Volcanic activity overnight has been at a relatively high level. Two short volcano-tectonic earthquake swarms have occurred, separated by a period of high rockfall activity. The first VT swarm occurred between 17:35 and 19:24 yesterday evening and the second between about 02:10 and 04:20 this morning; these swarms are similar to those seen over the previous several weeks and preliminary indications are that these earthquakes are also located beneath the crater at shallow depth (above 2 km). Rockfall activity was highest in the period 20:00 to 22:00 last night shortly after the end of the VT swarm, and several large rockfalls or small pyroclastic flows also occurred soon after the end of this morning's VT swarm.
Visibility during the early morning was poor due to low cloud cover at the volcano. However, several of the rockfalls since dawn have produced small ash clouds visible from the observatory and blowing over the Plymouth area.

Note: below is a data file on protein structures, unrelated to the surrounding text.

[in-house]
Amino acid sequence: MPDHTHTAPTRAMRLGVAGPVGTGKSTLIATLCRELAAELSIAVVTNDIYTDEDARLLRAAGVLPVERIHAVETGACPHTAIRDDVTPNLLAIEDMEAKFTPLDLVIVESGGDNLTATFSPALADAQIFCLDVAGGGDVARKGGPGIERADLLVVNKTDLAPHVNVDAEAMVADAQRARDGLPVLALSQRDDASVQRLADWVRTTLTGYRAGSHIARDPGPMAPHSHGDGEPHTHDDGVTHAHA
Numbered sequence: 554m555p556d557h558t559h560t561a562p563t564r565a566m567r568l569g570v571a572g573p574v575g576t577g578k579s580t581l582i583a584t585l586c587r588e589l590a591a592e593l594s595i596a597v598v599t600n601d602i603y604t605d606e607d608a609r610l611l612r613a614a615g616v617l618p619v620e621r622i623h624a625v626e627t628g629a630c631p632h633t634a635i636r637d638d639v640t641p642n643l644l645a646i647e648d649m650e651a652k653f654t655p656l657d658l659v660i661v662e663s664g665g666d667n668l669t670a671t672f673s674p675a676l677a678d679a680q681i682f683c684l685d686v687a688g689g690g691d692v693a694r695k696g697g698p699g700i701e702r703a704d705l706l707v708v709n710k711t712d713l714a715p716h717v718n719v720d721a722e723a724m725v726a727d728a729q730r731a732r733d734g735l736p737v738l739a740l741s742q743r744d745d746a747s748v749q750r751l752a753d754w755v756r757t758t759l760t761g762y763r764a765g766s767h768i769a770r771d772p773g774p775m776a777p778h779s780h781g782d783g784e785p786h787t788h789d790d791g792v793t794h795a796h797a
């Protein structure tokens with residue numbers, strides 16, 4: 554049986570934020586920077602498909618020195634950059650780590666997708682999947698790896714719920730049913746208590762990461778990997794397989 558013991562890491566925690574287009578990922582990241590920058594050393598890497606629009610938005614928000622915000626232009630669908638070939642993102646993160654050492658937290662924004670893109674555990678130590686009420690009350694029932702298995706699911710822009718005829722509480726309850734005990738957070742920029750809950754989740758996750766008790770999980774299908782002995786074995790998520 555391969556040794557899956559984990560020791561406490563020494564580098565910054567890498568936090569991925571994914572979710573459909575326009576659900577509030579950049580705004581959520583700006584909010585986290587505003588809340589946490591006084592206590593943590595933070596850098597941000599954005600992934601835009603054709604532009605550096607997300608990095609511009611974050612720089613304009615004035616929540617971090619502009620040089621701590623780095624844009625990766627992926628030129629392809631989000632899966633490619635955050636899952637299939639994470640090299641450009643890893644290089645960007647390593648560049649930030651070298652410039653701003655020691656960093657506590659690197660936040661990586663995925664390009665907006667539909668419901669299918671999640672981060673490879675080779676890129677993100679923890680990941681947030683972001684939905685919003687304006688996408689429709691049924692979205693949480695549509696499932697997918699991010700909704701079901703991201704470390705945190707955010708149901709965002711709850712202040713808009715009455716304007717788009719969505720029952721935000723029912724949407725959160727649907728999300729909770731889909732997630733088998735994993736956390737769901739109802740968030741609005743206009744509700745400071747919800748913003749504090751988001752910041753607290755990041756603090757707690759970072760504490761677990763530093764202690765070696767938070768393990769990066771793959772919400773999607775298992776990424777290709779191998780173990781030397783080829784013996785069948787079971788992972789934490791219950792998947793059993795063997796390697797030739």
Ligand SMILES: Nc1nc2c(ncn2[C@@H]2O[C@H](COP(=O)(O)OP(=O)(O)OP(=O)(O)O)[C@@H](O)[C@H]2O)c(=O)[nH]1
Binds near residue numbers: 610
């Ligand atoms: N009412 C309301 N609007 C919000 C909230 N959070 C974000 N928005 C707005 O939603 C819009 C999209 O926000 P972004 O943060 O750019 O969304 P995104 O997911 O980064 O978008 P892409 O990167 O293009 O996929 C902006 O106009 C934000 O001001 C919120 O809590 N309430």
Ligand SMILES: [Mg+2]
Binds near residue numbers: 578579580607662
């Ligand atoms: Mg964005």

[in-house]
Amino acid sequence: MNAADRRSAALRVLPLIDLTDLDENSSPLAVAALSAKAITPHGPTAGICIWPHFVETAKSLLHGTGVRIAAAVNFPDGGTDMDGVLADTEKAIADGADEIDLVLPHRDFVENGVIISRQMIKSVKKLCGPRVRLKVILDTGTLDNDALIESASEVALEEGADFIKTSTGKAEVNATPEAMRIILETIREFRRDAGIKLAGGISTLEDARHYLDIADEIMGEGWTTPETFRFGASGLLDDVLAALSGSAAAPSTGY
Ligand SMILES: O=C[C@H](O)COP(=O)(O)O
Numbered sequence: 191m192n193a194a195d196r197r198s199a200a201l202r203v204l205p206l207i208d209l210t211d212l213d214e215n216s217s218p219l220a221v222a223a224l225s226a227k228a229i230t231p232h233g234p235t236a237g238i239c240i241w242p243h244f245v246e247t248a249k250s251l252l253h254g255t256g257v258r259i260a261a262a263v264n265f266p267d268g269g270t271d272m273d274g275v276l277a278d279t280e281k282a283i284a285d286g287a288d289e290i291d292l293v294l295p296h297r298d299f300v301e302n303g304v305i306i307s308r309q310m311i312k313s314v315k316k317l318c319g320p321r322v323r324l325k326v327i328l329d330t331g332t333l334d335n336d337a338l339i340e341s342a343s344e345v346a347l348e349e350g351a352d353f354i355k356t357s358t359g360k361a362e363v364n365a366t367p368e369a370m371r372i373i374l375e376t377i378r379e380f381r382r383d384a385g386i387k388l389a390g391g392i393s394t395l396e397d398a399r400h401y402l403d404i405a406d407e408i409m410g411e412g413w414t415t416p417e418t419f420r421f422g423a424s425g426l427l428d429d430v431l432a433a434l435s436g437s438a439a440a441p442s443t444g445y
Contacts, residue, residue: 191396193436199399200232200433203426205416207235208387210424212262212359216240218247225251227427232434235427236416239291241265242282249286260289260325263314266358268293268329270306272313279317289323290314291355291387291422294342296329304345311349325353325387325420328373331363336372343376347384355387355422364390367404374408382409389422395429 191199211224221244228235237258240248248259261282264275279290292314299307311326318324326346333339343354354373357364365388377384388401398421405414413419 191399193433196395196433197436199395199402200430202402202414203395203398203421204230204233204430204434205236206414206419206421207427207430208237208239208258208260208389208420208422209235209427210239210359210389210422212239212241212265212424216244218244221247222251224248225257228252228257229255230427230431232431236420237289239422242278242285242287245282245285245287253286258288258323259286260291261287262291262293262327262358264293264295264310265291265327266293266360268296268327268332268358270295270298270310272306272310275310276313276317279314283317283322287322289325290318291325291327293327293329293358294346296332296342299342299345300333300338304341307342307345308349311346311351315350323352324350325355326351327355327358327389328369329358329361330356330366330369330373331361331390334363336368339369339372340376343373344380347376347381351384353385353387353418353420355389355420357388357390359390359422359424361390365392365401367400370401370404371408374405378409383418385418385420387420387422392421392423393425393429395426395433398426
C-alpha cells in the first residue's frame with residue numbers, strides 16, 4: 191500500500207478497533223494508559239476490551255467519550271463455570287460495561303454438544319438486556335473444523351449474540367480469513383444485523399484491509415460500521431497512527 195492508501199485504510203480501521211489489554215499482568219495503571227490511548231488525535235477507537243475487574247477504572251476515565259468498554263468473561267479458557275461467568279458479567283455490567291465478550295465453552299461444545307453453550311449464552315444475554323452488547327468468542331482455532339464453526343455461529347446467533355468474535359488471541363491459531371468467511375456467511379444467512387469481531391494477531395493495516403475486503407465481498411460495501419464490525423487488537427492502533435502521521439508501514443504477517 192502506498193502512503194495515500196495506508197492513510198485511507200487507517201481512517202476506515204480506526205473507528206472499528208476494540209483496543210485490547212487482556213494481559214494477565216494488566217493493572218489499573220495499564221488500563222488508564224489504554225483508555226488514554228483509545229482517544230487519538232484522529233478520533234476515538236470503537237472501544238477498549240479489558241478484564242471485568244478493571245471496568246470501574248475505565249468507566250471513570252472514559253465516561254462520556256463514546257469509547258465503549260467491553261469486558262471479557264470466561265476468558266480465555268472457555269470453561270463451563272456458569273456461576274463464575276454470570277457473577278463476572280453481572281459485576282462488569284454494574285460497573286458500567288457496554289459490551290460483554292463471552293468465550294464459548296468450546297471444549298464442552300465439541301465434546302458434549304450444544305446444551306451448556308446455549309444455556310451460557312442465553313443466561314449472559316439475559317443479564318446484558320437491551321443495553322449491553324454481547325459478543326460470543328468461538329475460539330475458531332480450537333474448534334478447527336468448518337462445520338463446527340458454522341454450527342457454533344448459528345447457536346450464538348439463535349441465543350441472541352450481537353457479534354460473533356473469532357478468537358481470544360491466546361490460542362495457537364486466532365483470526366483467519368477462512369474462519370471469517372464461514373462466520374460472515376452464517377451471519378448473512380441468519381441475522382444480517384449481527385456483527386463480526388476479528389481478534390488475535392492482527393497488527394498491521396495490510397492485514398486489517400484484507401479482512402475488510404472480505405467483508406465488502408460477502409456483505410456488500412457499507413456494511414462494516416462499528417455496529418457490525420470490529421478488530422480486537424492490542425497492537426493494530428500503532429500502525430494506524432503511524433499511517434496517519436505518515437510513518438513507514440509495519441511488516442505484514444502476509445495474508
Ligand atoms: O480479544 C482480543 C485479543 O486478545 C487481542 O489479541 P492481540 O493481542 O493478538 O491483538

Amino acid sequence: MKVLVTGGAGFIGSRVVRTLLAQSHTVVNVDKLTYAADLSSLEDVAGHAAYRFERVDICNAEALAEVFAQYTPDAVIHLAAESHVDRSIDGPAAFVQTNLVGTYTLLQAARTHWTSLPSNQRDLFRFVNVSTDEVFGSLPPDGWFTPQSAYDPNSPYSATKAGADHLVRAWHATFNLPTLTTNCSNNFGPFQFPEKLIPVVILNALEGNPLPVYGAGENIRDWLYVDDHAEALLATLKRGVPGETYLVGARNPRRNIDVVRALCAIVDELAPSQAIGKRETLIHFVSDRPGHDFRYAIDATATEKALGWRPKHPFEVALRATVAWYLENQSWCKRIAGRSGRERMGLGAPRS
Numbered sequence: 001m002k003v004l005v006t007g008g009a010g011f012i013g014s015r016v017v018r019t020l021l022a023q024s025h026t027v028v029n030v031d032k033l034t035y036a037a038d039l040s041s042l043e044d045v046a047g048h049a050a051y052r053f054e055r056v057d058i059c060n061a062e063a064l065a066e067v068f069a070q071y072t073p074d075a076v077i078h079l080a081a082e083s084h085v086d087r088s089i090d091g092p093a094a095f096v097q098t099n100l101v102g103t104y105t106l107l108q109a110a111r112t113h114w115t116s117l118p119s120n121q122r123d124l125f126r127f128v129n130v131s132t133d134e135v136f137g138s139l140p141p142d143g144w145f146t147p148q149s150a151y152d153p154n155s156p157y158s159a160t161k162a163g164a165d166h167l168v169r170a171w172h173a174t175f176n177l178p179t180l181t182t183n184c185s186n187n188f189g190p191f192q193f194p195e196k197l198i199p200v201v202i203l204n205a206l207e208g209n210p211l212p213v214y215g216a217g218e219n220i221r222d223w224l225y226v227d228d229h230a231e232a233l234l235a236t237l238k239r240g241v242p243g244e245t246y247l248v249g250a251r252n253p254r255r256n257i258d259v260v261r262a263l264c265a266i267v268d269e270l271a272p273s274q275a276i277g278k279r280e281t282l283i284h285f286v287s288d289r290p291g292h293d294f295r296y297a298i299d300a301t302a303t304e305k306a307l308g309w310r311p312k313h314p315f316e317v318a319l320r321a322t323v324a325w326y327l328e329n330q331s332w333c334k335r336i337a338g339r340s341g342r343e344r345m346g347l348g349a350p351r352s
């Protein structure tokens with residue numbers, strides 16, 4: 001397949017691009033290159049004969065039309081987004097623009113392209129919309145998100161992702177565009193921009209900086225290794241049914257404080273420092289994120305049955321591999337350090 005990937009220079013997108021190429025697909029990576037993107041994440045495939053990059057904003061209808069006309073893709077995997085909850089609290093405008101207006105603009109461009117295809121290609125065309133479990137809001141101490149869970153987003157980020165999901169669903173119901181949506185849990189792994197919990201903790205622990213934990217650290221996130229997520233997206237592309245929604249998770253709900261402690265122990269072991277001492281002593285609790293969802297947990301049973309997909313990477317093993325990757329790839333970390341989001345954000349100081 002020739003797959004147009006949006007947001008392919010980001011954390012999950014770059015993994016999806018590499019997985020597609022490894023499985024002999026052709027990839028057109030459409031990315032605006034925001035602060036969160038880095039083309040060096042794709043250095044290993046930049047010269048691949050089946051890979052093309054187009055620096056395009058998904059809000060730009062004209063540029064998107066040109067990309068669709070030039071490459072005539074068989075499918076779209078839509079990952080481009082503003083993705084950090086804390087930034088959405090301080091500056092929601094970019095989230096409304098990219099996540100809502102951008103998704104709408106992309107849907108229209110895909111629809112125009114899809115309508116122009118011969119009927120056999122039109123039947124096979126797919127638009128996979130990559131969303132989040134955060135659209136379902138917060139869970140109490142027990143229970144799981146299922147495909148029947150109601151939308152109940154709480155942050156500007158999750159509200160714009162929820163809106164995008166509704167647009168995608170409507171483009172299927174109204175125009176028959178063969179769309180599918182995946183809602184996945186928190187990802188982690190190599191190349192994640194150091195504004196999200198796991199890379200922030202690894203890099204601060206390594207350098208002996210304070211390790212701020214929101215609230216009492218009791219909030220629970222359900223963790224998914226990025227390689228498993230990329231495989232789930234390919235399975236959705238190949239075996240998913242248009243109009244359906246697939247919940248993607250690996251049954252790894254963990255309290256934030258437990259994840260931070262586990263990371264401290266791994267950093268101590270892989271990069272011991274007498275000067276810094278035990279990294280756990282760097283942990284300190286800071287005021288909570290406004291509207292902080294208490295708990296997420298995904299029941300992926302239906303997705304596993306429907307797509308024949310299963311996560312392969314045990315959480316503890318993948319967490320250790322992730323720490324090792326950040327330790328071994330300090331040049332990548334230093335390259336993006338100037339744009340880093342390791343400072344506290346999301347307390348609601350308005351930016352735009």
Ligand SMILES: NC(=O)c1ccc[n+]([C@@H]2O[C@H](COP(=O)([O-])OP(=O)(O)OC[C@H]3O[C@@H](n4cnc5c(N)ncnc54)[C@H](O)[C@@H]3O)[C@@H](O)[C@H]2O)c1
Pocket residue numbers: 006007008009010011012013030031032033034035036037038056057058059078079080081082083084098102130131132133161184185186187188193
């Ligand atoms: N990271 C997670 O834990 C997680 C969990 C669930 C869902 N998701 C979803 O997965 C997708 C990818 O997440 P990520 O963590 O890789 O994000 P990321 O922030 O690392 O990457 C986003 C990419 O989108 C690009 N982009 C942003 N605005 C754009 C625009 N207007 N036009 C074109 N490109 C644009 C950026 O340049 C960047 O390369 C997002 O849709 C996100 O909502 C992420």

Further rockfalls and pyroclastic flows will occur but all indications continue to be that the flows will be confined to the Tar River Valley area. However, areas affected by associated ashfalls will obviously depend on the direction and strength of the wind at the time. Scientists are anticipating enhanced ash generation over the next few days if the dome undergoes partial collapse as expected. Dust masks should be worn at all times in ashy environments.
The Tar River Valley and surrounding areas are extremely hazardous and should not be entered under any circumstances.